The law seems to be somewhat murky about this area. However, remote freelancing could be deemed a home business even if it is done on the internet. If your status does not allow employment in the United States, you may be violating immigration law.
One of the most frequently asked questions about U.S. labor law is whether or not the USCIS will find out if one engages in unlawful employment. In this age of information, it has become unrealistic to assume this. The immigration agency has means to discover instances of unlawful employment, and when they do, the consequences will be grievous. Some of the ways the USCIS can detect unauthorized employment include:
If the unlawful job involves filing a tax document like a Form 1099, the USCIS may find out through your income tax. While this is the jurisdiction of the IRS, the USCIS can simply request the information from them.
Through the Internet
In today’s age of social media where almost every activity is being shared online, with just a simple search about you or your employer, the USCIS can have access to evidence confirming unauthorized work. Even if you are very smart and don’t share such information on the internet, you never know when a colleague or other person might share a group picture of you at work on Facebook, Twitter, or Instagram.
Someone Might Report You
Even when the employment is an under-the-table work within your neighborhood, someone might suspect and report you. If it is in an organization with multiple employees, you might also be reported by a coworker. The report could lead to an investigation by the USCIS.
Engaging in unauthorized work could lead to penalties, which include:
Removal proceedings could be initiated against you if you have been found to have violated your status by engaging in unauthorized employment. If you are found guilty, you will likely be deported to your home country.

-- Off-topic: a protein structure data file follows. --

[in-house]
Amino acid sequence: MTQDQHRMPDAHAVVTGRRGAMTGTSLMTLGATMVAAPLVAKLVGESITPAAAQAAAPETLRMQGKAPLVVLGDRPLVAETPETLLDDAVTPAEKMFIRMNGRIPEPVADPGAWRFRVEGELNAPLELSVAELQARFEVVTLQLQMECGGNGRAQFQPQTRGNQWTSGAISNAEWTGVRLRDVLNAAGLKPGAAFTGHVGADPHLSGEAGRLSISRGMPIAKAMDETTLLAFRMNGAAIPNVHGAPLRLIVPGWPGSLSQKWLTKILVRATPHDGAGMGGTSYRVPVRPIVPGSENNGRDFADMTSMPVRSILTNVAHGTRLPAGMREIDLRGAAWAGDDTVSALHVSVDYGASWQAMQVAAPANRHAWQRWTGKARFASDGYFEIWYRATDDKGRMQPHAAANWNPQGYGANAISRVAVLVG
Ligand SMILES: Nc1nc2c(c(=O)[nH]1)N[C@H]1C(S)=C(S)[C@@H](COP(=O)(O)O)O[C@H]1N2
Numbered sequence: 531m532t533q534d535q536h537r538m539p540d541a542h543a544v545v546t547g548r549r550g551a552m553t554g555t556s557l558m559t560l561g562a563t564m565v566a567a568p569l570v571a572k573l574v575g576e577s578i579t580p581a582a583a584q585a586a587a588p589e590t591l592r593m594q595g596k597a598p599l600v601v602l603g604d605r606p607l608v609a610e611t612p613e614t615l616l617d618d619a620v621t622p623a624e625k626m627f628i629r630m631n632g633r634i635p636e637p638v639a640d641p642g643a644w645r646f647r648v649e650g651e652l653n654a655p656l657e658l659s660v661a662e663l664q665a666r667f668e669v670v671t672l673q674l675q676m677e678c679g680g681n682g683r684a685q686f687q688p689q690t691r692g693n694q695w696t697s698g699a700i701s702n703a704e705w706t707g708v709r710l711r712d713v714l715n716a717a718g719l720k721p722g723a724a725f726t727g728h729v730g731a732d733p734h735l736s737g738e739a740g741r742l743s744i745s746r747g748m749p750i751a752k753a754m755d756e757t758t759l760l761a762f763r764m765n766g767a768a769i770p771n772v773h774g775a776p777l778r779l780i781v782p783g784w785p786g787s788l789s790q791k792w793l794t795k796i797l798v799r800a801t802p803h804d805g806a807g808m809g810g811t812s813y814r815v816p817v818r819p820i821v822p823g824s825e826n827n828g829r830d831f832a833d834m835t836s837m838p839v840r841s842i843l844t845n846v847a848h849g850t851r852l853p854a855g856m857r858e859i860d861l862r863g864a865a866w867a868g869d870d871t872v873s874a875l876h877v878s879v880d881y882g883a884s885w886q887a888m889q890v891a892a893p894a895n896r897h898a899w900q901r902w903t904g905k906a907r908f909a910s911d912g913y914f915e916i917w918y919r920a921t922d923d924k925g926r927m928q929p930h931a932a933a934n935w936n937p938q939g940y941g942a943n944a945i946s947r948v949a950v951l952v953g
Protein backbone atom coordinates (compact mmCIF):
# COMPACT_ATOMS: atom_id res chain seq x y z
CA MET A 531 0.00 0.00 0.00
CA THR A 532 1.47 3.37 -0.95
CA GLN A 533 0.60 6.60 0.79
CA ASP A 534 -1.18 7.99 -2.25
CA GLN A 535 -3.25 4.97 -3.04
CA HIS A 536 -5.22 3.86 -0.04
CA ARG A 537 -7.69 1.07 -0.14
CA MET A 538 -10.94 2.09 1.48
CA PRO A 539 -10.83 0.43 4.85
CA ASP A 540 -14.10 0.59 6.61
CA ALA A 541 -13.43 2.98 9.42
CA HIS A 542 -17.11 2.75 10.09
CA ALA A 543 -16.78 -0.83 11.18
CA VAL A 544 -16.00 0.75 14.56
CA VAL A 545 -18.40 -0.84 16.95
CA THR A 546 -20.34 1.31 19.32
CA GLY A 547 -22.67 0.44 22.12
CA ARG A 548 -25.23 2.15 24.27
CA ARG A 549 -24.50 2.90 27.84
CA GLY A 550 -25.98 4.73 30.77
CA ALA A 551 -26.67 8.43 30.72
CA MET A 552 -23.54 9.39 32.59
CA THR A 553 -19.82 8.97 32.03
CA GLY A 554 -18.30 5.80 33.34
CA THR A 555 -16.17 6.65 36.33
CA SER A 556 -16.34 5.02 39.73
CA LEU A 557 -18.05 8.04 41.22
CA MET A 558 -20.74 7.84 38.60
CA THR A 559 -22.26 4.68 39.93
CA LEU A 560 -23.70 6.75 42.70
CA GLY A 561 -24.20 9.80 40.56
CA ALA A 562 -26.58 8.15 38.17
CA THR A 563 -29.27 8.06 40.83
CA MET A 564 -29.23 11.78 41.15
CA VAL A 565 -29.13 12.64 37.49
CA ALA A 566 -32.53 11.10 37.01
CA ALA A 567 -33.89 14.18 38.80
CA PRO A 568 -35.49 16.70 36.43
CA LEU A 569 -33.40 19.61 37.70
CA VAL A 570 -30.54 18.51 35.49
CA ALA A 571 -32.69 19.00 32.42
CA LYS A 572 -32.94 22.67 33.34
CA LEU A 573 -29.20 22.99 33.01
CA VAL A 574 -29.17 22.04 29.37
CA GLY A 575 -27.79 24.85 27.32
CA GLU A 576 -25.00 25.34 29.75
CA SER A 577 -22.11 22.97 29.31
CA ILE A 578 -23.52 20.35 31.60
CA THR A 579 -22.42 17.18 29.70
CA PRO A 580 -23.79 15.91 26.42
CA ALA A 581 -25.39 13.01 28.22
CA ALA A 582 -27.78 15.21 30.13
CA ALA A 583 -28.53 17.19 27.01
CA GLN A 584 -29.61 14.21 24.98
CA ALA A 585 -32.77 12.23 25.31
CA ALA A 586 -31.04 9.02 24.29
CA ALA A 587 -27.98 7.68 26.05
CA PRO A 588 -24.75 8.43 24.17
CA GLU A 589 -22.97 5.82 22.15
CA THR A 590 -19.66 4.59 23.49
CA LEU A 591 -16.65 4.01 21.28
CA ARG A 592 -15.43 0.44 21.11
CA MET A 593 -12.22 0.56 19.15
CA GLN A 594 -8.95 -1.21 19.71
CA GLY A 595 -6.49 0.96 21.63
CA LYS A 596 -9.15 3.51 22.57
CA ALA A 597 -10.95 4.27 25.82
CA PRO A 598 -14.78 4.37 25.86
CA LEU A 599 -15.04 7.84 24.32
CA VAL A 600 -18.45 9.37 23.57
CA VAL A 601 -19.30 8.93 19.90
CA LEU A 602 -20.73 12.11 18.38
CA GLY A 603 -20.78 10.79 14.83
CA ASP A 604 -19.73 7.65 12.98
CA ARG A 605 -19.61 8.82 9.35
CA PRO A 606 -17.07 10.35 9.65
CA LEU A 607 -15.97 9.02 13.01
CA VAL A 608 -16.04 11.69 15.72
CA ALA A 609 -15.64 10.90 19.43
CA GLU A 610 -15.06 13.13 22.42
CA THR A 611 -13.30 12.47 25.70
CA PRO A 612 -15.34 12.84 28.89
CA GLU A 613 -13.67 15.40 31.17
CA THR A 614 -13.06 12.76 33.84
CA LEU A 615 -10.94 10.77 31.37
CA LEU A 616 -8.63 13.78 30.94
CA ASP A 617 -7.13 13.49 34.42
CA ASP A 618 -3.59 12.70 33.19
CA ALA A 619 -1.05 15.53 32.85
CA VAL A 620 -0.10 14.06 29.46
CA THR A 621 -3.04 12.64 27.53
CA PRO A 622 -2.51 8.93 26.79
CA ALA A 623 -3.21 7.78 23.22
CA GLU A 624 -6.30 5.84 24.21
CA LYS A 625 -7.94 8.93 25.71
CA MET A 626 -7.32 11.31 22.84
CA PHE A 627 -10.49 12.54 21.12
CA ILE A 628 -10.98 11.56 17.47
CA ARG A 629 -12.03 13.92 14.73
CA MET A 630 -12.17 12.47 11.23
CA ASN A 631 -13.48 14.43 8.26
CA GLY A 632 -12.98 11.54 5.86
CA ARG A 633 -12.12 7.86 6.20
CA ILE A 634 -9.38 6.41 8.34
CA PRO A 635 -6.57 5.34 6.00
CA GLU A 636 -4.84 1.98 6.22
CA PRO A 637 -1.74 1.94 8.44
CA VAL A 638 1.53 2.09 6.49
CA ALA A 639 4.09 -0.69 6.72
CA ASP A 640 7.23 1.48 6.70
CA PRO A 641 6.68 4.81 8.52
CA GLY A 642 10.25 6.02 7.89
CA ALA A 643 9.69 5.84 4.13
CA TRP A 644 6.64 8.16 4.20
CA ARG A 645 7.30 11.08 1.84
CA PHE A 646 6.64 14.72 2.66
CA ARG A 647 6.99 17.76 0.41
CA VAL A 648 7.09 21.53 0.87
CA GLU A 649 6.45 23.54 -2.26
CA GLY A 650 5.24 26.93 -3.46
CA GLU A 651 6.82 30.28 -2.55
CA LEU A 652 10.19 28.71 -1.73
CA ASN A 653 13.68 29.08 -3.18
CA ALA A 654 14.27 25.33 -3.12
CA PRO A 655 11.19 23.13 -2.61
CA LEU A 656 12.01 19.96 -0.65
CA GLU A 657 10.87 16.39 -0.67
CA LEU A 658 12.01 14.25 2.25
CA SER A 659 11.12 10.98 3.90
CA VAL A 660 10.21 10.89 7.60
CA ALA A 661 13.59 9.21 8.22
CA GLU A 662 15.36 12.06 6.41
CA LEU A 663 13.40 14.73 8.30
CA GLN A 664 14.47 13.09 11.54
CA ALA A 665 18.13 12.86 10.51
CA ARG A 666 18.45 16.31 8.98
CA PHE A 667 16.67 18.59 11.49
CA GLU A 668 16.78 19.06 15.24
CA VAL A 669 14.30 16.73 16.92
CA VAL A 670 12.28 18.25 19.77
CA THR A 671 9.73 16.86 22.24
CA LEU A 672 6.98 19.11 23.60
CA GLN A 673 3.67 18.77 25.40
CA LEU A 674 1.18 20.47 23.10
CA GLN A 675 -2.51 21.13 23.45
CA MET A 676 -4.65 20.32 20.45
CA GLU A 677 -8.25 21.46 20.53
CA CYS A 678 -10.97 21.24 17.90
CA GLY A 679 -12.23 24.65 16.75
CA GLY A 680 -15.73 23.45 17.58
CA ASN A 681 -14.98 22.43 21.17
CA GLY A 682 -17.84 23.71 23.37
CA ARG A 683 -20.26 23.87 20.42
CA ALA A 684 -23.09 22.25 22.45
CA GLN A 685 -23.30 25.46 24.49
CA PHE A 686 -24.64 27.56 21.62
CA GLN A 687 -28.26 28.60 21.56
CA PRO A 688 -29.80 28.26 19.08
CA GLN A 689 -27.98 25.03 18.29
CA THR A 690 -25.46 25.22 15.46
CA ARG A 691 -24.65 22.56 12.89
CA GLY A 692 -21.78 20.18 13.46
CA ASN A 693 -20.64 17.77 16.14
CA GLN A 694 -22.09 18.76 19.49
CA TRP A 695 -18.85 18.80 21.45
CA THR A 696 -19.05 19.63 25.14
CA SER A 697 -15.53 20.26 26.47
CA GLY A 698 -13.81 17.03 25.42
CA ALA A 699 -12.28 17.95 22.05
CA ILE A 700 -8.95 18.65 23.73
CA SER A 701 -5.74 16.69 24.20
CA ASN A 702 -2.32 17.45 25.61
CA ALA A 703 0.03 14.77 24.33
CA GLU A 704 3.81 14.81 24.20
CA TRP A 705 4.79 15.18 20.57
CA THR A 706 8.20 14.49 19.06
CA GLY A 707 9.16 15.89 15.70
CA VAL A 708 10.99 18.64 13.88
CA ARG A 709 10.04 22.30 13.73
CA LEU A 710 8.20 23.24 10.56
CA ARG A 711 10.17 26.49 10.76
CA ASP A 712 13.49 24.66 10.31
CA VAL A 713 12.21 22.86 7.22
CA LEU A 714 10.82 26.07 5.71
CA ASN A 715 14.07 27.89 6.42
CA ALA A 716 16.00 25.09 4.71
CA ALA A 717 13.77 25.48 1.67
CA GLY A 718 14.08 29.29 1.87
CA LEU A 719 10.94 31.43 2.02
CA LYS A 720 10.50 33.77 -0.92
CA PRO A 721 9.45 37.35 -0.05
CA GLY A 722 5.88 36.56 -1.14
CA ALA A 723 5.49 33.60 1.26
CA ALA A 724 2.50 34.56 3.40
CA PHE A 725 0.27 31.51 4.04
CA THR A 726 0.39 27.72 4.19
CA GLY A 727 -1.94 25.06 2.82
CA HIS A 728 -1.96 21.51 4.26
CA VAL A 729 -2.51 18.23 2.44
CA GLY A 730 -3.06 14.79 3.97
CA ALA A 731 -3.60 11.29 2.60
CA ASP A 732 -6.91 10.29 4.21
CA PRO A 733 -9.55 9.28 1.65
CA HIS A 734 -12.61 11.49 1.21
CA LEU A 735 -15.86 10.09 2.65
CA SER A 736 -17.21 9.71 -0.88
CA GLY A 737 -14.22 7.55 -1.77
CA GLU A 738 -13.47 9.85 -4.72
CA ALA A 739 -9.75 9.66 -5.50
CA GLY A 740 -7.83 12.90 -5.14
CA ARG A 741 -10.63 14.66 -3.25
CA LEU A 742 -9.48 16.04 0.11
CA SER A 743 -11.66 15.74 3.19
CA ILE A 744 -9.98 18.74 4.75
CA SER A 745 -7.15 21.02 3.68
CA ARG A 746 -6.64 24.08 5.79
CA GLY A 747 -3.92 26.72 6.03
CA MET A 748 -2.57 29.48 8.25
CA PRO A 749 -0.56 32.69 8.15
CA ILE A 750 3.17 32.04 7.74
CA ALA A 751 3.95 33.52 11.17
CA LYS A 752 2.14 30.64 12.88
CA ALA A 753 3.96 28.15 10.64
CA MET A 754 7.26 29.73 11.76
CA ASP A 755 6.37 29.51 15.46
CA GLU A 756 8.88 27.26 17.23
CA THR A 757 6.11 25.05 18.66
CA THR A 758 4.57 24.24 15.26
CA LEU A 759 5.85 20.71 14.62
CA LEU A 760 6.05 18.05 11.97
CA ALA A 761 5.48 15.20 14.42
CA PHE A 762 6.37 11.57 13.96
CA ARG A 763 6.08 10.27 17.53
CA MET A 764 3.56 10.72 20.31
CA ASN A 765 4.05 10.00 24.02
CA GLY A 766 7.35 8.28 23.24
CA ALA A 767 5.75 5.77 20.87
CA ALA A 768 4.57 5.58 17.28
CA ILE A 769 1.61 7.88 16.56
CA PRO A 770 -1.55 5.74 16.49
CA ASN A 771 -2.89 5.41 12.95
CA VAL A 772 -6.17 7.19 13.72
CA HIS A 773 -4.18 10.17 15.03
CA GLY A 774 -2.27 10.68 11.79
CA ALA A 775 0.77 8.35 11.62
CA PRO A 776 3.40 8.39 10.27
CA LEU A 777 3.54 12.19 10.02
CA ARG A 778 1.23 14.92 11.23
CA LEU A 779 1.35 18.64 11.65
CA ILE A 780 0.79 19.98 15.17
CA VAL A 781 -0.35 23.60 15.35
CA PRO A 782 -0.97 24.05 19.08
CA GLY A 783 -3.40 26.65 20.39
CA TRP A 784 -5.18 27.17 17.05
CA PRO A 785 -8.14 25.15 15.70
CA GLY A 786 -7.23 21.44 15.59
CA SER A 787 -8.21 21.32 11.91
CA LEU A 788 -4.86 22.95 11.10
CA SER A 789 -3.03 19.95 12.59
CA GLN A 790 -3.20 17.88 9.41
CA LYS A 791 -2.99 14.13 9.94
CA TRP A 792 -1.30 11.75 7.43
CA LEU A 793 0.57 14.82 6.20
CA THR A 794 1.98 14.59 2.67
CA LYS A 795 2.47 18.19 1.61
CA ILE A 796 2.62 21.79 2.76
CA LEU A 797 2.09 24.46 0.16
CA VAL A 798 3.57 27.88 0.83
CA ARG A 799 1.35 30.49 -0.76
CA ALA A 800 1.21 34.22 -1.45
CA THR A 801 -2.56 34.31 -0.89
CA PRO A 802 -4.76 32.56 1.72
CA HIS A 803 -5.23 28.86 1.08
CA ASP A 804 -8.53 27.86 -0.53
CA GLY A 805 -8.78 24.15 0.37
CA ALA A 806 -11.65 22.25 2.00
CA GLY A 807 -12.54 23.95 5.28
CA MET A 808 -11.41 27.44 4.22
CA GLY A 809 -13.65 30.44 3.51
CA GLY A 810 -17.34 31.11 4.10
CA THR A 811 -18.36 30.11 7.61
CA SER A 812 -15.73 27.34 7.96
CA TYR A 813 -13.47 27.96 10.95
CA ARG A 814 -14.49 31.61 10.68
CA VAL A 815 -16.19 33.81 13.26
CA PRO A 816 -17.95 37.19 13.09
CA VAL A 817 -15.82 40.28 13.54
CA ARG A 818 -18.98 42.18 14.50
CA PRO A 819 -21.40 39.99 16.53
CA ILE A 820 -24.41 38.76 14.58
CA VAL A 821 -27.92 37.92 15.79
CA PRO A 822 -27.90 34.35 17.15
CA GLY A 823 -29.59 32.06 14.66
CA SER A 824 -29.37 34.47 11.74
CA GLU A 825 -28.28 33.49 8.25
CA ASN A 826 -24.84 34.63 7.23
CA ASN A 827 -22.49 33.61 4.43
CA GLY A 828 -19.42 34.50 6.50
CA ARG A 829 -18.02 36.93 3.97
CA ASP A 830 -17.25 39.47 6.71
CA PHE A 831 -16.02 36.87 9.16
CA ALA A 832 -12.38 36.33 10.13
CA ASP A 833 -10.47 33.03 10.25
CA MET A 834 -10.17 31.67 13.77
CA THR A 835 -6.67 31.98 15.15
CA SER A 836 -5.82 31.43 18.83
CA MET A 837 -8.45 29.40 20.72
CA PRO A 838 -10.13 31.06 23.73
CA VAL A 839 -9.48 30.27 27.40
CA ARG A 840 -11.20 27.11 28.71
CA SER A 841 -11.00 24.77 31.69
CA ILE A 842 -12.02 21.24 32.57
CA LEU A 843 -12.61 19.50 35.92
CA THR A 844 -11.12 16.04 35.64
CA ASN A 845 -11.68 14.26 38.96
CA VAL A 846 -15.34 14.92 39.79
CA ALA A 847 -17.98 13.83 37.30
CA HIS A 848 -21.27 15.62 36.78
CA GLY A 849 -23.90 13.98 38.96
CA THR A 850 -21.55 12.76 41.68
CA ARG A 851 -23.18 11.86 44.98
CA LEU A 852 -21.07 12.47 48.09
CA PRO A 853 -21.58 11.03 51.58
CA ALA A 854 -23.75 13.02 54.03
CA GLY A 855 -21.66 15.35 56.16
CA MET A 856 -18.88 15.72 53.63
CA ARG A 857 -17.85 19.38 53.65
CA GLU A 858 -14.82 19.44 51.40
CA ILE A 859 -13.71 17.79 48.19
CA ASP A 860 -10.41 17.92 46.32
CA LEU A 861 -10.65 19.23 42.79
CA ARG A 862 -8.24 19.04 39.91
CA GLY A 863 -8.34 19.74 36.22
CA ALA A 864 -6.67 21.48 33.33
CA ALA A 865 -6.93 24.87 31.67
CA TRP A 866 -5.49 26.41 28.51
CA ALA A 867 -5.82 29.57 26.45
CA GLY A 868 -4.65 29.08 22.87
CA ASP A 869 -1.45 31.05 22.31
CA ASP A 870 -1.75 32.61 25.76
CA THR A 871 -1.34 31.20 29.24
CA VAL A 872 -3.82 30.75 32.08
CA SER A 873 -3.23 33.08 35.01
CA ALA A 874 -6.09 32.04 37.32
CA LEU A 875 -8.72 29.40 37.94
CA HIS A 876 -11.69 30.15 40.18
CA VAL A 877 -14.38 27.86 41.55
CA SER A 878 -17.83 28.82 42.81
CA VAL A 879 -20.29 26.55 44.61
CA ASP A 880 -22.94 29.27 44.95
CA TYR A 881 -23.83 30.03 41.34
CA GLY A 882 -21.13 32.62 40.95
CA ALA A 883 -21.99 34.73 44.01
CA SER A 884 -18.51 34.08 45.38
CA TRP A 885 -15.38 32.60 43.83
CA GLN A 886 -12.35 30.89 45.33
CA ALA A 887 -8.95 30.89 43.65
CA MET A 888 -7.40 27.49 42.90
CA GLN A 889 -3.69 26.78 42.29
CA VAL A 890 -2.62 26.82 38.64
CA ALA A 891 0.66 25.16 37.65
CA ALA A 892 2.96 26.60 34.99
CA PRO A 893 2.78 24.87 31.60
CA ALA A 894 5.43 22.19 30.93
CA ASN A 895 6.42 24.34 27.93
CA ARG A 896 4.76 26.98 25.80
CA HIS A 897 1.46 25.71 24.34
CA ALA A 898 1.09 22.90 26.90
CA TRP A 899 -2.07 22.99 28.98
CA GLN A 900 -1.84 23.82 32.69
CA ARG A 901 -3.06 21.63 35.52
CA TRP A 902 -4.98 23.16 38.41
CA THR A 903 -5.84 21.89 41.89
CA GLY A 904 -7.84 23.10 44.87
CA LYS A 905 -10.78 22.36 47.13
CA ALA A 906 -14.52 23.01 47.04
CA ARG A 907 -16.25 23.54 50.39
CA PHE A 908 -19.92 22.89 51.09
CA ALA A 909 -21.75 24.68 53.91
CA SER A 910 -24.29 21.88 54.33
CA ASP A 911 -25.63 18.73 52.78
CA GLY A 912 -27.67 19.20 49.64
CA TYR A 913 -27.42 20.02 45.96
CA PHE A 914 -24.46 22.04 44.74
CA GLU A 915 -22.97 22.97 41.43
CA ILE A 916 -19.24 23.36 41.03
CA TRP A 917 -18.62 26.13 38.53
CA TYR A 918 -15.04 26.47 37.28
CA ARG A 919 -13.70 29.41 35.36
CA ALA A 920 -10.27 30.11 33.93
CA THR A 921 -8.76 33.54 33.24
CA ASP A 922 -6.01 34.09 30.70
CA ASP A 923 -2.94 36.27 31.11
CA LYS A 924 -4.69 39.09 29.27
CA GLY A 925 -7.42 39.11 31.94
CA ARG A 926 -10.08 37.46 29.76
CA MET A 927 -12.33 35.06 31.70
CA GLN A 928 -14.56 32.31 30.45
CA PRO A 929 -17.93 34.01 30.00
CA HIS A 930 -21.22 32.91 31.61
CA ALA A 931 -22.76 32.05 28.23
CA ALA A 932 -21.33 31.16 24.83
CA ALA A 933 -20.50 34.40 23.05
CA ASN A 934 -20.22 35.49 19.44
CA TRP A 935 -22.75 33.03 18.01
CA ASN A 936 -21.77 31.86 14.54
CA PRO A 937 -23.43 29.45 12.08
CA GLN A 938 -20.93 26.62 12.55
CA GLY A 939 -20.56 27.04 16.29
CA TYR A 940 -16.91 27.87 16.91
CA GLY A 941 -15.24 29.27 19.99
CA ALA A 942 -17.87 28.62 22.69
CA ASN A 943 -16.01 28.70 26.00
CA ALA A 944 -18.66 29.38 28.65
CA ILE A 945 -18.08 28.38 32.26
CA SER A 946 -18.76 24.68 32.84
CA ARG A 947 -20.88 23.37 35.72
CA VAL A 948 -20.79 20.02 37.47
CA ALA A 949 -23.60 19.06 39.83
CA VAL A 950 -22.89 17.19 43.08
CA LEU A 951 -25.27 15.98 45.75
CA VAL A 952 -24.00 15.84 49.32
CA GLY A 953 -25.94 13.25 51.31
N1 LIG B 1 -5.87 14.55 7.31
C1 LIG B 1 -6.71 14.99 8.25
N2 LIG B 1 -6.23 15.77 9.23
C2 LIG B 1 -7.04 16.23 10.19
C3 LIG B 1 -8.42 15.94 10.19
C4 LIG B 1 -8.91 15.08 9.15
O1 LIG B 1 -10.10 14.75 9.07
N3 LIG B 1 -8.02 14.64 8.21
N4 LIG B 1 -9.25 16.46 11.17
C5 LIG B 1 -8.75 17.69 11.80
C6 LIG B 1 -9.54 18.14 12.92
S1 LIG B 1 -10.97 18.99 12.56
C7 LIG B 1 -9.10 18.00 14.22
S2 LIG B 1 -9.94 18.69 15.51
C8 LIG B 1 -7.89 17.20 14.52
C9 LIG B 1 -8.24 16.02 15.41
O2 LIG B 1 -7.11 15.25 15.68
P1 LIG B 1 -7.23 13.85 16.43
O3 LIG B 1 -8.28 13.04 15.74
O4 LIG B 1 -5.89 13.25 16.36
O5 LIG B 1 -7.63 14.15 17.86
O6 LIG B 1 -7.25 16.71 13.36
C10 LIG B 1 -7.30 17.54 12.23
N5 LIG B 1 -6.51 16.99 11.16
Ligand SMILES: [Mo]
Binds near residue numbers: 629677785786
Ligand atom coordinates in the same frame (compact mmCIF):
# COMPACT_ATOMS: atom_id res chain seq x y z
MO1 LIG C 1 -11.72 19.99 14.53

Ineligibility to Extend or Change Status
If you are on a work or student visa and you are considering changing or extending your status someday, engaging in an unlawful work may just jeopardize that goal. According to immigration law, a foreign national must abide by the terms of his status, one of which is compliance with labor laws. Violating this makes you ineligible to change or adjust your status.
Inadmissibility Grounds for Future Entry
Engaging in unauthorized employment could lead to a cancellation of your visa. And, if you want to reapply in the future, the record will stand against you.
Ineligibility for Status Adjustment
Unauthorized employment places a bar on your status adjustment. It doesn’t matter if the time of the unlawful work is before or after filing the adjustment of status petition, you will be considered ineligible to become a green card holder. For example, during your status adjustment procedures, you will be asked to indicate whether or not you have engaged in unauthorized employment in the U.S. Unless you want to lie, you will have to admit it. Keep in mind that lying in your petition could be deemed falsification, which is another serious offense.
What If I Need to Work and I Don’t Have an Authorization?
It is understandable that everyone needs to earn an income to meet everyday needs. However, that should not be leveraged as grounds to engage in a violation of your status.
If you are in the United States on a work visa, it is believed that everything about employment must have been taken care of right from the onset in your visa application. You, therefore, need to stick to the scope and period of employment allowed by your status.